In learning the technique required to develop a performance-worthy transcription, I was encouraged to research the lost or forgotten works of memorable composer recognized by Western musical history. The articles below are the result of this research, and the scores that followed represent a noteworthy expression of performance. It is my hope that you will find these efforts worthy of your time and consideration. Publication of these works are governed by the U.S. Copyright, Title 17, and thereby under the exclusive ownership and property rights provided the author by federal law. If you wish to utilize any of this research for your coursework, I encourage you to contact me directly for licensing, which will outline the guidelines and restrictions of use.
…written in 1930, and based upon material written by Copland during studies with Nadia Boulanger, the work features excerpts from the original ballet (Grogh; 1922 – 25), threaded together in a symphonic, yet poetic, submission to a RCA Victor-sponsored contest of new orchestral music. And, though the judges failed to reach a conclusive winner, DANSE SYMPHONIE provided Copland both prize money and recognition as the first major American accolade of his career. Some 800 pages from the holdings of the Library of Congress – obtained with exclusive approval of the Copland Estate, The Copland House, and Boosey & Hawkes – have been carefully considered in the development of this transcription for wind band. Detailed notes that include handwritten corrections from Copland himself are included in the edition…
In 1978, Acton Eric Ostling Jr. (b. 1936) presented a thesis to The University of Iowa, which offered an evaluative method to identify academic wind band literature worthy of study and programming. The design utilized twenty conductors, experts in wind band literature, and ten specific criteria found in all musical works of serious artistic merit. Three outcomes were sought: (a) to assist wind band conductors by predetermining “what compositions within [the] large body of literature are most-worthy of study and performance” (Ostling, 1978, p. 12); (b) to encourage wind band conductors to select compositions of higher quality for study and performance; and, (c) to identify and classify a basic core wind band repertoire list (Ostling, 1978). Since the seminal study, updated, revised or extended studies have replicated the Ostling design. In addition, various national, state, and local organizations have used the Ostling (1978) design as tool for determining the programming and curriculum repertoire of academic settings.
This case study found the Ostling (1978) design flawed at its attempt to summon integrity and validity to its study. By abbreviating the Delphi method, the population was devoid of the academic, social, and professional stratifications necessary for repertoire education. This led to a sample restricted of the expert value judgments necessary to achieve consensus, a preemptive goal of the study. The use of copyrighted, yet unpublished musical literature infringed upon Fair Use by failing to obtain informed consent prior to use. Published catalogues of repertoire were deemed to have serious artistic merit under the incorrect assumption that the methodology, procedures, and findings of the seminal study were sound. These catalogues, as distributed, further infringed upon Fair Use practices, presenting harm to copyright holders. Updated, revised, and extended studies using the Ostling (1978) design are governed under revised and detailed standards for Fair Use and human subject research not available at the time of the seminal study. As such, the Ostling (1978) design should cease to be used as a human subject research methodology, and should be removed from any influence in programming, curriculum, or as the basis for future research.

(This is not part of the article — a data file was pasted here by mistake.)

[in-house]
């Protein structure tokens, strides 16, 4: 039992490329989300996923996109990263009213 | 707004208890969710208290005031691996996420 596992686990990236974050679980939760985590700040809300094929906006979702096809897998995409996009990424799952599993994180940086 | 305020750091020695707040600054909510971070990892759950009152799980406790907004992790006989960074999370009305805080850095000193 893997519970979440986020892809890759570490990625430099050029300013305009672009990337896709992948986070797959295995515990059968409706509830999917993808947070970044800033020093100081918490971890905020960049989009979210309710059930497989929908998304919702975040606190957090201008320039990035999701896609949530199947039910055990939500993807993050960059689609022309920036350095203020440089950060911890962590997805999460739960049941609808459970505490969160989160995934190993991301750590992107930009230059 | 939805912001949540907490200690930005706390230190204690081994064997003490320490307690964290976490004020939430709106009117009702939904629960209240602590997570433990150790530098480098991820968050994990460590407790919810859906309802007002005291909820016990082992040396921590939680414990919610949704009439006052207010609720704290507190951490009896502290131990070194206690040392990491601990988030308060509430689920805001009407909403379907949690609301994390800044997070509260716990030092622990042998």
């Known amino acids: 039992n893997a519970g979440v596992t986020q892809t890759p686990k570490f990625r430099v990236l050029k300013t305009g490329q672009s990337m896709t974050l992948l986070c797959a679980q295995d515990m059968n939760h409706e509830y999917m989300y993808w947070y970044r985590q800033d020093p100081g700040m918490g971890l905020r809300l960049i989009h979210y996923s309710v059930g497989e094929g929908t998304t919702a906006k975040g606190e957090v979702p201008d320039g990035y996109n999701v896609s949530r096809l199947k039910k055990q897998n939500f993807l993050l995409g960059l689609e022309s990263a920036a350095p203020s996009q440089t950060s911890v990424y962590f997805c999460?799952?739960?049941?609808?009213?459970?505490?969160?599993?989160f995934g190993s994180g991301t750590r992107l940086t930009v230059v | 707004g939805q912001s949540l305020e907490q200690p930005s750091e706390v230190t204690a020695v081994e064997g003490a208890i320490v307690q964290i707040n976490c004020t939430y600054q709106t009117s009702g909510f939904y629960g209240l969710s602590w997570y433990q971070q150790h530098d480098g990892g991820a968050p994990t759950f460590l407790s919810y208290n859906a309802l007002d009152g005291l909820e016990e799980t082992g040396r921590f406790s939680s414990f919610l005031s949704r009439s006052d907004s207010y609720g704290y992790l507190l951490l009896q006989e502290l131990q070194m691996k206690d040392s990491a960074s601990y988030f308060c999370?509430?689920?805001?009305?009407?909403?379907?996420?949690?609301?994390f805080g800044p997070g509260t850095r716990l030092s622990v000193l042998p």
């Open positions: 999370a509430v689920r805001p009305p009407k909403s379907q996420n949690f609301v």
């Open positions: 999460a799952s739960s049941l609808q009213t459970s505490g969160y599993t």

Dissertation Committee: Dr. Keith Drieberg (chair), Dr. John Burdett, Dr. Robert Cruise, Dr. Anita Oliver
…the influence of The Exposition Universelle of 1889 – held in Paris, France, from 6 May to 31 October 1889 – marked the 100th anniversary of the storming of the Bastille, an event considered symbolic of the beginning of the French Revolution. The event had an enormous affect upon Russian composers seeking to reconcile the nationalistic tendencies of the ‘mighty handful’ with the European academic approach. Evening musical settings inspired Alexandre Glazunov (1865-1936) – a Russian composer who sought the means to link formal approaches of Russian Romanticism with twentieth-century musical developments – to create a musical expression of American nationalism unheard of in its day. The finished work, TRIUMPHAL MARCH, Op. 40, held its world premiere on the opening night of the Chicago Exposition of 1893. Performed by the Chicago Symphony Orchestra, alongside a 400 member choir, the work received international acclaim for its use of THE BATTLE HYMN OF THE REPUBLIC as thematic material, culminating is a grand nationalistic gesture toward the American public…